Thermal Sciences:  Current topics include measurement of thermophysical properties, laser-material interaction, materials processing, and heat transfer in advanced energy systems. The ultra fast thermal processing and laser-based measurement laboratory has an amplified oscillator/regenerative amplifier, a femtosecond autocorrelator, and a host of optoelectronics and light sources. The thermal sciences research laboratory has a visualization and digital image processing system. Studies also include methods and analytical tools for predicting, modeling and correlating the thermodynamic/thermophysical properties of the fluids. Current studies include the development of statistical mechanical techniques to assess the relation between intermolecular forces and the thermodynamic, dielectric, optical, and transport properties of fluids, fluid mixtures, and suspensions. Research is also being conducted on the modern formalism of thermodynamics; on combustion heat engines, aiming at achieving high fuel efficiency and engine performance; and on building energy dynamics.

Energy Technologies:    Thermal sciences and fluid mechanics are the core disciplines of the emerging field of energy technologies and sustainability science—a vibrant field of research and innovation. Although the broader field of sustainability science is an interdisciplinary field defined by the problems it addresses rather than by the disciplines it employs, the application of thermal sciences and fluid mechanics to energy technologies is and will remain an important part of global transition toward a sustainable future. The Graduate Program includes doctoral-thesis research projects in Energy Technologies and Sustainability Science as well as a course of study in Energy Technologies leading to a Masters Degree in Mechanical Engineering, which offers ‘hands on’ laboratory and design experience as well as theory–based courses focusing on energy transformation, transfer, and storage. The Energy Technologies Laboratory contains fuel cell, wind turbine, photovoltaic, thermoelectric, heat pump, optical and infrared sensors, and motor/generator/battery facilities.

Civil Engineering
The civil engineering specialization allows graduate students to develop fundamental and applied knowledge and explore advanced research topics in the area of civil engineering, including civil engineering materials, structural engineering, geotechnical engineering, coastal engineering, transportation, water resources, and environmental engineering. Current areas of research include sustainable structural materials, synchrotron-based multiscale experiments, multiscale simulations of construction materials, structural health monitoring systems, sensor technology development (wireless, fiber optics, electromagnetic), structural dynamics & control, sustainable infrastructure, historic materials & structural systems, adaptive reuse & historic preservation of historic city centers, water and wastewater treatment, fate and transport of emerging contaminants, membrane technology, water-energy nexus, harmful algal blooms.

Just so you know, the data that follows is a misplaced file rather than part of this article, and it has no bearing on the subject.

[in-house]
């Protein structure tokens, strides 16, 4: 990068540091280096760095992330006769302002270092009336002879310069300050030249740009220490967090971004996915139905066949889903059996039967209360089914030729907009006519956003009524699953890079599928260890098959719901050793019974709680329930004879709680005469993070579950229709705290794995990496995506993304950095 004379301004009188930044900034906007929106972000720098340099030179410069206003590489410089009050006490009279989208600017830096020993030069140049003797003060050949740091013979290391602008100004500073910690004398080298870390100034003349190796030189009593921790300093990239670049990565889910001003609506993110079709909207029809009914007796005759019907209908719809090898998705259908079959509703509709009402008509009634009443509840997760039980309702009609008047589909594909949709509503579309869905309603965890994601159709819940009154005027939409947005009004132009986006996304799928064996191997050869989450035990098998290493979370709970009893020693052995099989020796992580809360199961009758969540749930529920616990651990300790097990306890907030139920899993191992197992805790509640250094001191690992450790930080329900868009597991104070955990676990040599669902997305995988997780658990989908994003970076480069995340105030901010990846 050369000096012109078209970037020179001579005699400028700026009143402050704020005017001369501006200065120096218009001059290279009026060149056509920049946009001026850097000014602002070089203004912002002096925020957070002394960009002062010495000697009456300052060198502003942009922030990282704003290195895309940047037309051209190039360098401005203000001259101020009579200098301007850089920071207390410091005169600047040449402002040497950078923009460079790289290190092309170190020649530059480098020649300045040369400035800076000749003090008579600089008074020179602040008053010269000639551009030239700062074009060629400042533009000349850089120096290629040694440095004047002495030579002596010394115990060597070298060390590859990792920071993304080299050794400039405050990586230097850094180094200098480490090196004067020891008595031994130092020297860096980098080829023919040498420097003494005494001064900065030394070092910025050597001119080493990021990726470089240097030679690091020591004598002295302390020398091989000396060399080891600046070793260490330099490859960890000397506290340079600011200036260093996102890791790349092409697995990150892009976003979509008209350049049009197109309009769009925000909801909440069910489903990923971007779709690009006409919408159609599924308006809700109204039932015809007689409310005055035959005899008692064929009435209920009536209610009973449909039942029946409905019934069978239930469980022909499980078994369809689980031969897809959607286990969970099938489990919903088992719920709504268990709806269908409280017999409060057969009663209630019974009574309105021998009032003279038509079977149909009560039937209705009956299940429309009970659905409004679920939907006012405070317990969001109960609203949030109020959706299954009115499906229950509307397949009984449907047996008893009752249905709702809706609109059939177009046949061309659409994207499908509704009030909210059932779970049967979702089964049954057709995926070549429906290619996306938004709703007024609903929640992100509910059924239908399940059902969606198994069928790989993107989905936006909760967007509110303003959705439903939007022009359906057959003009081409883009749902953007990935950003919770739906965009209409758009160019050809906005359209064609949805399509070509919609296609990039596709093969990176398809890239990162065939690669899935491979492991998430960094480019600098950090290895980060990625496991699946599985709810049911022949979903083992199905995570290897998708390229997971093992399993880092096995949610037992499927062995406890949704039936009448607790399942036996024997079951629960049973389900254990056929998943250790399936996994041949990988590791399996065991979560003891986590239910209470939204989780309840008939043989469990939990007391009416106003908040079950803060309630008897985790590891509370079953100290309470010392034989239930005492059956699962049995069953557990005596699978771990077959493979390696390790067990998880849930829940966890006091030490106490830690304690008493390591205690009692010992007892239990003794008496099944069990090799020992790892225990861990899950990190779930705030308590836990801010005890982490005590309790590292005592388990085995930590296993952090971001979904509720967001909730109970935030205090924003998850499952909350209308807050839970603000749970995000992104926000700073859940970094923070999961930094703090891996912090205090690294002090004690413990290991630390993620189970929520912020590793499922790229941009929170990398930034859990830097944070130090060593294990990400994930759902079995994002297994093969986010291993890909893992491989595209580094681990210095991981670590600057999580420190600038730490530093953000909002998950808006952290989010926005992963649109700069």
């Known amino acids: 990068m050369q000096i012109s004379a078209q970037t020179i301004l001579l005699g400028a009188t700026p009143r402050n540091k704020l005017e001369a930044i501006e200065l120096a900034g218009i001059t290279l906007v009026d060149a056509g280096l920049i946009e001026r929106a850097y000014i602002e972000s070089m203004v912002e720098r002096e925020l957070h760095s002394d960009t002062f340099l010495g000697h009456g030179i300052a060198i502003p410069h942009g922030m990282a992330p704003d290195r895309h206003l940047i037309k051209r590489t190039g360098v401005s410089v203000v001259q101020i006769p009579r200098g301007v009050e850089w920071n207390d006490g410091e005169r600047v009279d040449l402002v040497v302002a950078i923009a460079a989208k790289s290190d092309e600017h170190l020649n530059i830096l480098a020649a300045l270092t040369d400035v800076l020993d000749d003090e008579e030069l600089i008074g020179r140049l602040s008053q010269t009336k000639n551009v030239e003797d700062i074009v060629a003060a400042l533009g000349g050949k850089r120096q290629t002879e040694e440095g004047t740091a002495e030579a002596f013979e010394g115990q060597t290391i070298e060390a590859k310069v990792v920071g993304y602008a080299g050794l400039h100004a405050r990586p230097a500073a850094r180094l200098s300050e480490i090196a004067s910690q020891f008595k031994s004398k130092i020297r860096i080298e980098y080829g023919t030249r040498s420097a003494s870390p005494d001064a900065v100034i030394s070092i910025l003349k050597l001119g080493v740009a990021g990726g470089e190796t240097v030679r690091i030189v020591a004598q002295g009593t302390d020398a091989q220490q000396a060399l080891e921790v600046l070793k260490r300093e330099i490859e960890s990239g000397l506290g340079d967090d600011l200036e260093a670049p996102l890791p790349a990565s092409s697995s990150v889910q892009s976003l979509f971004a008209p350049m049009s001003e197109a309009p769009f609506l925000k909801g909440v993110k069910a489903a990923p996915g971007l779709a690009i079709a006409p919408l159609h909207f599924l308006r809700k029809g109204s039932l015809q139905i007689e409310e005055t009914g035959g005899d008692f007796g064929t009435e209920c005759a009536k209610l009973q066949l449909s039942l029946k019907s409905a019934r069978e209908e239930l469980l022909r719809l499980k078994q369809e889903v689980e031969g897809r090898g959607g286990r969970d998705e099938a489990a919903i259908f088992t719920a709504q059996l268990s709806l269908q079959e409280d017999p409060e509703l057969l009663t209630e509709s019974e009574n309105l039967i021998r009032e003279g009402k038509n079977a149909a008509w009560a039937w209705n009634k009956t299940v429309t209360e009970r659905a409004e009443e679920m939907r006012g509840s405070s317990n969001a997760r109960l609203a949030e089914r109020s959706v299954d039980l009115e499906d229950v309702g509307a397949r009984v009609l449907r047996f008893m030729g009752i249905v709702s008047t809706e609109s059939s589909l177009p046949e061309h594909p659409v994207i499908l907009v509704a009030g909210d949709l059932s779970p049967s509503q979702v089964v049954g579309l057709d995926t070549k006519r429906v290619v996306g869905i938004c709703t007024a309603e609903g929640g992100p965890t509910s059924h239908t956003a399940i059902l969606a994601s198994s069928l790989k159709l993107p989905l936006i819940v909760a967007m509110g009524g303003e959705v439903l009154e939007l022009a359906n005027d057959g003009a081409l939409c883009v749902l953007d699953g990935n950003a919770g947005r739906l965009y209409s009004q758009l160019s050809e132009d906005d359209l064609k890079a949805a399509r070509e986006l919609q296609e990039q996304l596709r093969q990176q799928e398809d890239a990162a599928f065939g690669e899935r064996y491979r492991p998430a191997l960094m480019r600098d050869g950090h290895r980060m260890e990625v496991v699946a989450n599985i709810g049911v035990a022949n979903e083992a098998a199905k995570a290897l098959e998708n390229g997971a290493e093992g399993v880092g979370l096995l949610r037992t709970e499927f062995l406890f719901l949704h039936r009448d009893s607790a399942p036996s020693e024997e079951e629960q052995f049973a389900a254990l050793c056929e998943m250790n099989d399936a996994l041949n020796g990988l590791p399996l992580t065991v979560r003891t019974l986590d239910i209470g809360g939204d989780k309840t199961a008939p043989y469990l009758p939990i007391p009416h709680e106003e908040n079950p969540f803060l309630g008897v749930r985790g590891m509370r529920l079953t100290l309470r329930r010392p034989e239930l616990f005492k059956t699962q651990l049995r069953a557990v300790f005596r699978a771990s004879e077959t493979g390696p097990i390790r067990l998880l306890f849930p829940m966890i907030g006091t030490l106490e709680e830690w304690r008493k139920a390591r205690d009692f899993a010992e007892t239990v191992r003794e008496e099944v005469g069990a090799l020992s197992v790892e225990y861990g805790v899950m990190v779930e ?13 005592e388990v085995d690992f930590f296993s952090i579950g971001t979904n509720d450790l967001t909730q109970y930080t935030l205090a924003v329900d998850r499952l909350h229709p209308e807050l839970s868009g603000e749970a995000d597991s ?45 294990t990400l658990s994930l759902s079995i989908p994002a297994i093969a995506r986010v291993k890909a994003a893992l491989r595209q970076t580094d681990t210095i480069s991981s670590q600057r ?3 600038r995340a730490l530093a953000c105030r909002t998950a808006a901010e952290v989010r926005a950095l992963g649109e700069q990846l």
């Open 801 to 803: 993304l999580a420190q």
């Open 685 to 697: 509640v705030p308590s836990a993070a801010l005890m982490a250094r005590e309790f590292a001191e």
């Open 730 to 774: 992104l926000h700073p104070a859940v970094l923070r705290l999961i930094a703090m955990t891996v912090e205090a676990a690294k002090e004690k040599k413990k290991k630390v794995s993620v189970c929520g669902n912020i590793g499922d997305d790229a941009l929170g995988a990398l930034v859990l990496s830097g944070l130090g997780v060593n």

Graduate students pursuing the civil engineering specialization have access to advanced facilities and equipment for conducting state-of-the-art research. Equipment in the civil and environmental engineering laboratories, above and beyond the normal, include a consolidation load frame, direct residual shear testing device, master loader for triaxial testing, 300K concrete compression testing instrument, 100 kN universal testing machine, Shimadzu TOC-L total organic carbon (TOC) analyzer, Hewlett Packard capillary electrophoresis, Flow - Field Flow Fractionation (FFF). In addition, the laboratory possess a variety of equipment to support basic research, including pH meters, centrifuges, and analytical balances. In addition to facilities within the environmental engineering laboratory, graduate students also have access to state-of-the-art facilities at Brookhaven National Laboratory (BNL), which is located less than 20 miles from campus and is accessible via direct campus shuttle. Available facilities include the National Synchrotron Light Source (NSLS) I, NSLS II, and the Center for Functional Nanomaterials (CfN). The NSLS II is the next generation light source to be completed in 2014 and when completed will be the brightest synchrotron available. The CfN houses state-of-the-art equipment such as a Leica SP5 confocal laser scanning fluorescence microscopy, a Hitachi HD2700C scanning transmission electron microscope, a FEI Titan 80-300 environmental transmission electron microscope, JEOL 1400 Soft/Bio materials electron microscope, a RHK Technology UHV 7500 atomic force microscope, and a Veeco Multimode V Scanning Probe Microscope. The university also operates numerous computer sites with 24-hour access. Stony Brook University is a partner with BNL to operate the Blue Gene/Q supercomputer.